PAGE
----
The way that the .git/objects folder is structures is that the the commit hash is used for the subdirectories. The first two hexadecimal digits in the hash are the subdirectory name and the remaining part is the filename within that subdirectory. So, for example, the git commit hash we had from the response header was: 5584b2ef477ce59df8f0319055b845be45d862ec, so the corresponding file is inside .git/objects/55/84b2ef477ce59df8f0319055b845be45d862ec. We can request this file simply by navigating to https://suvwwcedmdcyelgn.ransommethis.net/.git/objects/55/84b2ef477ce59df8f0319055b845be45d862ec. This gives us the file. But there’s another problem: the file is in binary format and can’ be read directly.

There is a command that git has which allows us to read files of this type: git cat-file. We can find this command by searching on Google for how to read git object files; I found this resource: https://git-scm.com/book/en/v2/Git-Internals-Git-Objects.

So, if we use this command to read the file, we can see this output:

$ git cat-file -p 5584b2ef477ce59df8f0319055b845be45d862ec
tree 14097764b87546b6039772f67767f859acb4146c
author Ransom Me This <root@ransommethis.net> 1657580052 +0000
committer Ransom Me This <root@ransommethis.net> 1659723379 +0000

Initial import

This tells us that there is a tree with hash: 14097764b87546b6039772f67767f859acb4146c, so we can request this object file in the same way: https://suvwwcedmdcyelgn.ransommethis.net/.git/objects/14/097764b87546b6039772f67767f859acb4146c. Viewing this, we get:

$ git cat-file -p 14097764b87546b6039772f67767f859acb4146c
100755 blob fc46c46e55ad48869f4b91c2ec8756e92cc01057    Dockerfile
100755 blob dd5520ca788a63f9ac7356a4b06bd01ef708a196    Pipfile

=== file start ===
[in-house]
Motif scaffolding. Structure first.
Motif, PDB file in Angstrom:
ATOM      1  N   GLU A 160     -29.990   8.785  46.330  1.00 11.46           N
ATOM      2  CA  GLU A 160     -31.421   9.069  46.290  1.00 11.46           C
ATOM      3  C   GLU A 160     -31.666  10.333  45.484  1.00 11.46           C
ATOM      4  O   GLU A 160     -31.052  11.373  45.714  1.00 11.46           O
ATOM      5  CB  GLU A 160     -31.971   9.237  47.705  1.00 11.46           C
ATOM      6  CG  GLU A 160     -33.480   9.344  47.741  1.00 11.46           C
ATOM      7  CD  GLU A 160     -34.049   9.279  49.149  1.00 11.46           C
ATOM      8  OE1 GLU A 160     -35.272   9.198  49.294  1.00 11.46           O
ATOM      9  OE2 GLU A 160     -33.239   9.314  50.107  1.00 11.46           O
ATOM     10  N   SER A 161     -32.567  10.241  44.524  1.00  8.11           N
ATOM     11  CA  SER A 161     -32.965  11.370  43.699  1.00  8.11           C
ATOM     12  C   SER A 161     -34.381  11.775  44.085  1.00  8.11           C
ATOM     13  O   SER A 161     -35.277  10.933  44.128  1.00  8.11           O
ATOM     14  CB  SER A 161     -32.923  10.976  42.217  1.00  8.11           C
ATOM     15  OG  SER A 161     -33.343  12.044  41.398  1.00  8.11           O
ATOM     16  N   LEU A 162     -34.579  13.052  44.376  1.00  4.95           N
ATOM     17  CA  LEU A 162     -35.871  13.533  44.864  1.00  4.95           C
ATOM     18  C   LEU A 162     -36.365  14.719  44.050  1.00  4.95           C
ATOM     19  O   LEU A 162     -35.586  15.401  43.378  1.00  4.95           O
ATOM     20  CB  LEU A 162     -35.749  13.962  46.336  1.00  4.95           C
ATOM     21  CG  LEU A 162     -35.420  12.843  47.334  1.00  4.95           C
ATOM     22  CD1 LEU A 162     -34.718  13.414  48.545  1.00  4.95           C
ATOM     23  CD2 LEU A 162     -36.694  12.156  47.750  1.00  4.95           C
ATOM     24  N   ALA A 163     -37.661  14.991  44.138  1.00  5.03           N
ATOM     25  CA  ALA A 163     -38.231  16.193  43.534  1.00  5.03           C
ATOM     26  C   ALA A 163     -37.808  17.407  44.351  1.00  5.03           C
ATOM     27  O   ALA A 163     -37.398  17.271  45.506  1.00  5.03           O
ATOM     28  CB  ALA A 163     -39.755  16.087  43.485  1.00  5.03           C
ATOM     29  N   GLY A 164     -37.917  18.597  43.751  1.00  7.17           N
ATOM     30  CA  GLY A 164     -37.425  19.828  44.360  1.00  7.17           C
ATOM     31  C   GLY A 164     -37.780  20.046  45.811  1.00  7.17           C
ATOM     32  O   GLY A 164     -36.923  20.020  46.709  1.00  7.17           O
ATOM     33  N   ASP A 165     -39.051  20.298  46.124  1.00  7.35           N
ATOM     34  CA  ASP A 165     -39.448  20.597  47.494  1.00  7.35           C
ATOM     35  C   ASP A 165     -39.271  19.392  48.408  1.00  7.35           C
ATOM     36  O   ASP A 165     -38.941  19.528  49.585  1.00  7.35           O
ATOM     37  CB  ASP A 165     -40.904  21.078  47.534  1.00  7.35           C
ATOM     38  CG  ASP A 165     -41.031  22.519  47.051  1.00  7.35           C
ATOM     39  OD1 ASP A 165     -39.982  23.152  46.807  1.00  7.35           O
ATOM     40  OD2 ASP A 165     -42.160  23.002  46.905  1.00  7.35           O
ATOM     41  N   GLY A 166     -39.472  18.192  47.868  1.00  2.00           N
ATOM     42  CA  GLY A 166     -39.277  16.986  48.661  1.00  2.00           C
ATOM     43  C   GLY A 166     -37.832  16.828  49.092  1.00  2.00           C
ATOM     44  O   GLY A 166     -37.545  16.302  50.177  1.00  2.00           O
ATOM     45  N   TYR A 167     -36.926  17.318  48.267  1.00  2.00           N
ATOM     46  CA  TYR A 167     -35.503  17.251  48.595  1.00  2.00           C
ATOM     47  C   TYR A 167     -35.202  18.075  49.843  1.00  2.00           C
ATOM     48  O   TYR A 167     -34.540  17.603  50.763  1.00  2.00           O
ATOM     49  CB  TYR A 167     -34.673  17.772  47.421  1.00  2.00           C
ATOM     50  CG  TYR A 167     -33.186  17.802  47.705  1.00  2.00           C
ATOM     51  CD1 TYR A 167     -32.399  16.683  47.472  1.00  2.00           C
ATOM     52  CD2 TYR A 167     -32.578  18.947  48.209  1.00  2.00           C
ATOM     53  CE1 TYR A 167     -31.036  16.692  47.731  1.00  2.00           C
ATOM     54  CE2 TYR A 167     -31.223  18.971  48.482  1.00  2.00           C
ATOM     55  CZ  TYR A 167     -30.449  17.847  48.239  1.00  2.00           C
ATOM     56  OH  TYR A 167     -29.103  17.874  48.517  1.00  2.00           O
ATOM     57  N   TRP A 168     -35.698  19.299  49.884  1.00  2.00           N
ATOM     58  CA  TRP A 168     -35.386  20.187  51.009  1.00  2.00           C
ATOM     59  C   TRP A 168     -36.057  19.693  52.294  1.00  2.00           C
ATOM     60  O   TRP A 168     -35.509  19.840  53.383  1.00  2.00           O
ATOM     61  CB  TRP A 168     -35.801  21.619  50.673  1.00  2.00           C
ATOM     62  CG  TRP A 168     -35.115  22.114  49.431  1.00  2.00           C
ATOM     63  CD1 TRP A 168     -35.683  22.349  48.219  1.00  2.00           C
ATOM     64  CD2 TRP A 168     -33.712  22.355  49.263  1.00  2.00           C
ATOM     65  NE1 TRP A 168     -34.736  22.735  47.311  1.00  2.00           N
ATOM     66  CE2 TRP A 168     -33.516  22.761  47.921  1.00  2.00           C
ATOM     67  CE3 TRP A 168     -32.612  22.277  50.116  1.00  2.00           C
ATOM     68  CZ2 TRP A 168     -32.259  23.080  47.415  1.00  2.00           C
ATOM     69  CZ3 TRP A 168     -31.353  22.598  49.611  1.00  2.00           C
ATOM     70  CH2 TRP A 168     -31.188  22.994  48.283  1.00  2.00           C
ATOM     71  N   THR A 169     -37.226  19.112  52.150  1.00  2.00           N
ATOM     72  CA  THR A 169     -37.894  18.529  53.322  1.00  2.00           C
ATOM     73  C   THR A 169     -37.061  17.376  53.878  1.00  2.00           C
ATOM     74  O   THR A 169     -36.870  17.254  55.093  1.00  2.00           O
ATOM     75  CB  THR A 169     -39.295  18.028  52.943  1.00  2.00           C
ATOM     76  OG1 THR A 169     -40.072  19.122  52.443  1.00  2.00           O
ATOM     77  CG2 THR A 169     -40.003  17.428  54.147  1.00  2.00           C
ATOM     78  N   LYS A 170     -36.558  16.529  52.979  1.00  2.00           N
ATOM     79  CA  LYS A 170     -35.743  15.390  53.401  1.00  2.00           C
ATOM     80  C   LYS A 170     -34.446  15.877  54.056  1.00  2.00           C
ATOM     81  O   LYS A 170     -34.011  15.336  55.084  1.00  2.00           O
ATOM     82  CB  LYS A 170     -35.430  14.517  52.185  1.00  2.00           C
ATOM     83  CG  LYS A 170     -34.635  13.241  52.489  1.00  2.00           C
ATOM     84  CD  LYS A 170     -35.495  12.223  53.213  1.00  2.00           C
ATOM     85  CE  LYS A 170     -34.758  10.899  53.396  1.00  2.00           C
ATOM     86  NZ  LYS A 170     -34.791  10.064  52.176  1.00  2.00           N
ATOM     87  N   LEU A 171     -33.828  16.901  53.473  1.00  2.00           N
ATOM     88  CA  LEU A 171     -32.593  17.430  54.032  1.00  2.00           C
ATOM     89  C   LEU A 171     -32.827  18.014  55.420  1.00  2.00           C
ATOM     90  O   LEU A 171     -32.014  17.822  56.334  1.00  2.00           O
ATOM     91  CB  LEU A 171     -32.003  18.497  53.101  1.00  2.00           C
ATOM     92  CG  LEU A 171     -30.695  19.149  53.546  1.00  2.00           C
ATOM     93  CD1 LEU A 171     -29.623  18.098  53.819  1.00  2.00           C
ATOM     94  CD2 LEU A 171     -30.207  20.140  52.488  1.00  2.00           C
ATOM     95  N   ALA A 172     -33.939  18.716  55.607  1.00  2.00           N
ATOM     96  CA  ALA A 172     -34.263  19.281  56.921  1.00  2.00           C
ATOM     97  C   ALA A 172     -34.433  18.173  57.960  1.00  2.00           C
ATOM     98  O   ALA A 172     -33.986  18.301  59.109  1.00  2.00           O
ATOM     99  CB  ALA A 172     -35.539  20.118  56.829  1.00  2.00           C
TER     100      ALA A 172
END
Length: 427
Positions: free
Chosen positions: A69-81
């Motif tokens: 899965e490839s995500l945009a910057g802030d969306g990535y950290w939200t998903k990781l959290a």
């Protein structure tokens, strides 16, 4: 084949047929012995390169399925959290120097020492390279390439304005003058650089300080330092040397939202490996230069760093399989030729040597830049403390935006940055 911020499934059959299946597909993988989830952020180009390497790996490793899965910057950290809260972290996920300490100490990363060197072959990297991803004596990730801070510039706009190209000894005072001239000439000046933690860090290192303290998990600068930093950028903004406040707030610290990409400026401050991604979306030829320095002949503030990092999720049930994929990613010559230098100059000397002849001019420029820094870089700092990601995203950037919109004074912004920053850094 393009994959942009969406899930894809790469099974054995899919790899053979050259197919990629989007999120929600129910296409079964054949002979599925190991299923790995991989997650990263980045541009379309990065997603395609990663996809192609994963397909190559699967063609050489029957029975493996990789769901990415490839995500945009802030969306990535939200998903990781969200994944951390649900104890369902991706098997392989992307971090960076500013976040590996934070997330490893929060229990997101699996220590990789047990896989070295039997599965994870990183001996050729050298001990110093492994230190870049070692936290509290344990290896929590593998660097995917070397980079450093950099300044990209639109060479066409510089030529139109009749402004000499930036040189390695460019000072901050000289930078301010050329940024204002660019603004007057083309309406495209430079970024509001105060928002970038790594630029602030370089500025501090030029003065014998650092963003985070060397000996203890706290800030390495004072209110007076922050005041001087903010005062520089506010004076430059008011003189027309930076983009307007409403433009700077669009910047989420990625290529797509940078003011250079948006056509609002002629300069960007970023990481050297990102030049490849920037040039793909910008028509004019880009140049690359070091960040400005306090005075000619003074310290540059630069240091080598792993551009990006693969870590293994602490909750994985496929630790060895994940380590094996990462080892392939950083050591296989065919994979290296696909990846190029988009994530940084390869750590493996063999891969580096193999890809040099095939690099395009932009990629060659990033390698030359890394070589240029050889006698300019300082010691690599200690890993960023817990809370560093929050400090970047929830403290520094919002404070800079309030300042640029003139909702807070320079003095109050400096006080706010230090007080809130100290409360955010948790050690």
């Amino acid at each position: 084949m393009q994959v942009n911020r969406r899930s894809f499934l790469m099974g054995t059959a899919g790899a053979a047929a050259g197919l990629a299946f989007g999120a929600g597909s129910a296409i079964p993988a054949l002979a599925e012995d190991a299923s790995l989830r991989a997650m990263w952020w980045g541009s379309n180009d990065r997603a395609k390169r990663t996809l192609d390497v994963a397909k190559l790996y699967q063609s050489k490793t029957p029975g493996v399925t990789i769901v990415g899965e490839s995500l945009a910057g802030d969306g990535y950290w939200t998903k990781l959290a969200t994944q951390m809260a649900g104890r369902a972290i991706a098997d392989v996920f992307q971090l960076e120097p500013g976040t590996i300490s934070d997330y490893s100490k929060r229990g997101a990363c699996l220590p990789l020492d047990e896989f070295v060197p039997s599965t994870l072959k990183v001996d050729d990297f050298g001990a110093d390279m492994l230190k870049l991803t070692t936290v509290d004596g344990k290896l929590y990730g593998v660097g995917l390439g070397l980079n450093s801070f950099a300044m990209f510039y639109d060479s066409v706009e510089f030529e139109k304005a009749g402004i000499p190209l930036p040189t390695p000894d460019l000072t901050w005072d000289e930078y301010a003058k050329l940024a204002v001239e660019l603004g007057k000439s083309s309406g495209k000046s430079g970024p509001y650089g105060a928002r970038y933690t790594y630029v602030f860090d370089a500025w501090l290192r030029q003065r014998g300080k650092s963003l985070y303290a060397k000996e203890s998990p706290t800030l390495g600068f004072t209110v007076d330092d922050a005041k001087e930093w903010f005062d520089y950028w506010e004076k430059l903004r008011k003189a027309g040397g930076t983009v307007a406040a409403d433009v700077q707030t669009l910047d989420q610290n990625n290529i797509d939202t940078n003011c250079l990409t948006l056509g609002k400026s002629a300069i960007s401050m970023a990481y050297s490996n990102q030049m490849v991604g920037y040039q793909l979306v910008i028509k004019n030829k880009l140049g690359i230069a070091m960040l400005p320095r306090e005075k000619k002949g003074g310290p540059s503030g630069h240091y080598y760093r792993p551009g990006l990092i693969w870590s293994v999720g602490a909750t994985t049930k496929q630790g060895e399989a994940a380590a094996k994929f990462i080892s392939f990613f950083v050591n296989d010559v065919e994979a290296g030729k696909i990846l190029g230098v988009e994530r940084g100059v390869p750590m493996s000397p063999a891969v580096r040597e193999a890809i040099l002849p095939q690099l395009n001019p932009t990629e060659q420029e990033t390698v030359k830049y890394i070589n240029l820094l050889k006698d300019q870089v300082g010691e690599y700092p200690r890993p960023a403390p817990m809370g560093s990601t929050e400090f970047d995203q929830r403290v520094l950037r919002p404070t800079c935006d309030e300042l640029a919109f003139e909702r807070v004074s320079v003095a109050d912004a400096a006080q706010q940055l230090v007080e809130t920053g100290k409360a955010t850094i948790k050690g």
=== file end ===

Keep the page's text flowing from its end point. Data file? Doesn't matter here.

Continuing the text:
100644 blob 47709845a9b086333ee3f470a102befdd91f548a    Pipfile.lock
040000 tree 3095d08c1a2943fcc939c1e73fe5feb65823d0e1    app

We can see that there is a tree (a folder) called app in the repo. Let’s try getting that:

$ git cat-file -p 3095d08c1a2943fcc939c1e73fe5feb65823d0e1        
100755 blob e69de29bb2d1d6434b8b29ae775ad8c2e48c5391    __init__.py
100644 blob 978a7bf31ae22aa37fb137027684f640ae57c64f    server.py
040000 tree b74c07f2fa23cffe19ef8af211a820f26094a53b    templates
100644 blob 72ba86abc8077869b16b625f76138ae776883908    util.py

This shows us the server.py file which seems to be the source code for the server application. Lets’ see what we get by lookin at the blob:

$ git cat-file -p 978a7bf31ae22aa37fb137027684f640ae57c64f
#!/usr/bin/env python

from datetime import datetime
from flask import Flask, jsonify, render_template, request, redirect, make_response, send_file, send_from_directory
from flask_bootstrap import Bootstrap
from os.path import realpath, exists
from . import util
import json
import os
import random
import subprocess
import sys

app = Flask(__name__)

def expected_pathkey():
        return "znejayfsvdnrzptm"

def forum():
        return render_template('forum.html')

def userinfo():
        """ Create a page that displays information about a user """
        query = request.values.get('user')
        if query == None:
                query =  util.get_username()
        userName = memberSince = clientsHelped = hackersHelped = contributed = ''
        with util.userdb() as con:
                infoquery= "SELECT u.memberSince, u.clientsHelped, u.hackersHelped, u.programsContributed FROM Accounts a INNER JOIN UserInfo u ON a.uid = u.uid WHERE a.userName='%s'" %query
                row = con.execute(infoquery).fetchone()
                if row != None:
                        userName = query